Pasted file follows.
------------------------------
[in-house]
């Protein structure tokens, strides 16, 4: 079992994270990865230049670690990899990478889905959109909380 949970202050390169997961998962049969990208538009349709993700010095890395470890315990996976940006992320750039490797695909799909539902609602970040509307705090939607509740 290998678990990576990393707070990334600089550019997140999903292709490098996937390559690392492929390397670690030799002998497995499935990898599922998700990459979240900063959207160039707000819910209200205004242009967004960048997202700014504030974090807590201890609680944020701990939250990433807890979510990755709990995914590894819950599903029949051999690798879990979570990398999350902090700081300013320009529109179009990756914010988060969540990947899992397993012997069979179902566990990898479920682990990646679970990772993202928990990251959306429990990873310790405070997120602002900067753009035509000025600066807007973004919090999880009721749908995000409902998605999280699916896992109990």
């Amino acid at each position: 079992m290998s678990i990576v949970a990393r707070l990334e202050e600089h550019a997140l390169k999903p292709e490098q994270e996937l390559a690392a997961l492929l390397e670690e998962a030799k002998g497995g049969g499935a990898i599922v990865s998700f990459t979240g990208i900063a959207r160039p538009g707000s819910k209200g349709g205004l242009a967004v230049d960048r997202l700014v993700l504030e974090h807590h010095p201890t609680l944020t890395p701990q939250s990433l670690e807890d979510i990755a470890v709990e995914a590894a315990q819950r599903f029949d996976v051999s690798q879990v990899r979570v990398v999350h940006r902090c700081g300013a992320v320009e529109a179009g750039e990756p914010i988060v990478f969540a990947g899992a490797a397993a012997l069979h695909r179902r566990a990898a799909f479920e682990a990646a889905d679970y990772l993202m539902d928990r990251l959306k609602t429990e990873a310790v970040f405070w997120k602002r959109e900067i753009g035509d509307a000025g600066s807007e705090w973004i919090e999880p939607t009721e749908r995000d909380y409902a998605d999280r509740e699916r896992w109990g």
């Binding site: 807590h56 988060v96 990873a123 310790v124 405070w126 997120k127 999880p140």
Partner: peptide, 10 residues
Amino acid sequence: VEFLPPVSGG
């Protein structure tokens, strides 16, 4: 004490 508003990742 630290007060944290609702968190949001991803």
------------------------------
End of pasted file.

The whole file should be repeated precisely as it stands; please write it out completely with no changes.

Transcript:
[in-house]
């Protein structure tokens, strides 16, 4: 079992994270990865230049670690990899990478889905959109909380 949970202050390169997961998962049969990208538009349709993700010095890395470890315990996976940006992320750039490797695909799909539902609602970040509307705090939607509740 290998678990990576990393707070990334600089550019997140999903292709490098996937390559690392492929390397670690030799002998497995499935990898599922998700990459979240900063959207160039707000819910209200205004242009967004960048997202700014504030974090807590201890609680944020701990939250990433807890979510990755709990995914590894819950599903029949051999690798879990979570990398999350902090700081300013320009529109179009990756914010988060969540990947899992397993012997069979179902566990990898479920682990990646679970990772993202928990990251959306429990990873310790405070997120602002900067753009035509000025600066807007973004919090999880009721749908995000409902998605999280699916896992109990």
């Amino acid at each position: 079992m290998s678990i990576v949970a990393r707070l990334e202050e600089h550019a997140l390169k999903p292709e490098q994270e996937l390559a690392a997961l492929l390397e670690e998962a030799k002998g497995g049969g499935a990898i599922v990865s998700f990459t979240g990208i900063a959207r160039p538009g707000s819910k209200g349709g205004l242009a967004v230049d960048r997202l700014v993700l504030e974090h807590h010095p201890t609680l944020t890395p701990q939250s990433l670690e807890d979510i990755a470890v709990e995914a590894a315990q819950r599903f029949d996976v051999s690798q879990v990899r979570v990398v999350h940006r902090c700081g300013a992320v320009e529109a179009g750039e990756p914010i988060v990478f969540a990947g899992a490797a397993a012997l069979h695909r179902r566990a990898a799909f479920e682990a990646a889905d679970y990772l993202m539902d928990r990251l959306k609602t429990e990873a310790v970040f405070w997120k602002r959109e900067i753009g035509d509307a000025g600066s807007e705090w973004i919090e999880p939607t009721e749908r995000d909380y409902a998605d999280r509740e699916r896992w109990g």
């Binding site: 807590h56 988060v96 990873a123 310790v124 405070w126 997120k127 999880p140």
Partner: peptide, 10 residues
Amino acid sequence: VEFLPPVSGG
């Protein structure tokens, strides 16, 4: 004490 508003990742 630290007060944290609702968190949001991803």